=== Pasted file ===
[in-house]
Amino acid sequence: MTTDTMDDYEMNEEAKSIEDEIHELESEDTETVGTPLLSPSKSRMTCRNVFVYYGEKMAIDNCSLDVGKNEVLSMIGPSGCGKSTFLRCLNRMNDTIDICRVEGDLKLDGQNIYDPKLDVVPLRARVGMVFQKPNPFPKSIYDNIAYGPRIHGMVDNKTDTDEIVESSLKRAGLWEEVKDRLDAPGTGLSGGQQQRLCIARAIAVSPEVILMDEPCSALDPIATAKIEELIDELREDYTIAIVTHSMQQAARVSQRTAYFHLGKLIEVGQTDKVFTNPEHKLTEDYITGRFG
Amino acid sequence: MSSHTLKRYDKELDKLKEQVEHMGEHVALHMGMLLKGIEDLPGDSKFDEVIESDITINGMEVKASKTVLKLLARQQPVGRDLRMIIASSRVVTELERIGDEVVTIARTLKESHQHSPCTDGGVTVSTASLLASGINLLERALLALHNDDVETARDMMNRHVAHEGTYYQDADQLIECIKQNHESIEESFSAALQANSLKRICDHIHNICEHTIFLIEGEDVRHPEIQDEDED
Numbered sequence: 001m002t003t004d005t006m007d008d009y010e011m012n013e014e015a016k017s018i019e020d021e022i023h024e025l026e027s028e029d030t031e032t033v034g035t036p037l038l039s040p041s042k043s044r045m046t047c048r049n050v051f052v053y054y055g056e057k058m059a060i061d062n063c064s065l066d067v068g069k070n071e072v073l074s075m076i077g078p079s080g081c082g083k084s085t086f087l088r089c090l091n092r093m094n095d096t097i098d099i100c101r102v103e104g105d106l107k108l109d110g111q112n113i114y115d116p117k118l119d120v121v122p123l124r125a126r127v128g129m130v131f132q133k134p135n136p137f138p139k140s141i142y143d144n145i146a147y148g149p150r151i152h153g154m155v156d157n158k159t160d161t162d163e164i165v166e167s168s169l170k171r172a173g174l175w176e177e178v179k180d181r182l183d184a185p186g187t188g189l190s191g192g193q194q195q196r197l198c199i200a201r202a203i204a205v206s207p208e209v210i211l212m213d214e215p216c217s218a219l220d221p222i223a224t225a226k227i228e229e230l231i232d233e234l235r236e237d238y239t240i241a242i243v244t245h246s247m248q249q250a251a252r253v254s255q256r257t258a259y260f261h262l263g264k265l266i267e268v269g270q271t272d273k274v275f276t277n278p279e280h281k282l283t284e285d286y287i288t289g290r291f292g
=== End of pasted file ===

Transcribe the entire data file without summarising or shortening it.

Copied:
[in-house]
Amino acid sequence: MTTDTMDDYEMNEEAKSIEDEIHELESEDTETVGTPLLSPSKSRMTCRNVFVYYGEKMAIDNCSLDVGKNEVLSMIGPSGCGKSTFLRCLNRMNDTIDICRVEGDLKLDGQNIYDPKLDVVPLRARVGMVFQKPNPFPKSIYDNIAYGPRIHGMVDNKTDTDEIVESSLKRAGLWEEVKDRLDAPGTGLSGGQQQRLCIARAIAVSPEVILMDEPCSALDPIATAKIEELIDELREDYTIAIVTHSMQQAARVSQRTAYFHLGKLIEVGQTDKVFTNPEHKLTEDYITGRFG
Amino acid sequence: MSSHTLKRYDKELDKLKEQVEHMGEHVALHMGMLLKGIEDLPGDSKFDEVIESDITINGMEVKASKTVLKLLARQQPVGRDLRMIIASSRVVTELERIGDEVVTIARTLKESHQHSPCTDGGVTVSTASLLASGINLLERALLALHNDDVETARDMMNRHVAHEGTYYQDADQLIECIKQNHESIEESFSAALQANSLKRICDHIHNICEHTIFLIEGEDVRHPEIQDEDED
Numbered sequence: 001m002t003t004d005t006m007d008d009y010e011m012n013e014e015a016k017s018i019e020d021e022i023h024e025l026e027s028e029d030t031e032t033v034g035t036p037l038l039s040p041s042k043s044r045m046t047c048r049n050v051f052v053y054y055g056e057k058m059a060i061d062n063c064s065l066d067v068g069k070n071e072v073l074s075m076i077g078p079s080g081c082g083k084s085t086f087l088r089c090l091n092r093m094n095d096t097i098d099i100c101r102v103e104g105d106l107k108l109d110g111q112n113i114y115d116p117k118l119d120v121v122p123l124r125a126r127v128g129m130v131f132q133k134p135n136p137f138p139k140s141i142y143d144n145i146a147y148g149p150r151i152h153g154m155v156d157n158k159t160d161t162d163e164i165v166e167s168s169l170k171r172a173g174l175w176e177e178v179k180d181r182l183d184a185p186g187t188g189l190s191g192g193q194q195q196r197l198c199i200a201r202a203i204a205v206s207p208e209v210i211l212m213d214e215p216c217s218a219l220d221p222i223a224t225a226k227i228e229e230l231i232d233e234l235r236e237d238y239t240i241a242i243v244t245h246s247m248q249q250a251a252r253v254s255q256r257t258a259y260f261h262l263g264k265l266i267e268v269g270q271t272d273k274v275f276t277n278p279e280h281k282l283t284e285d286y287i288t289g290r291f292g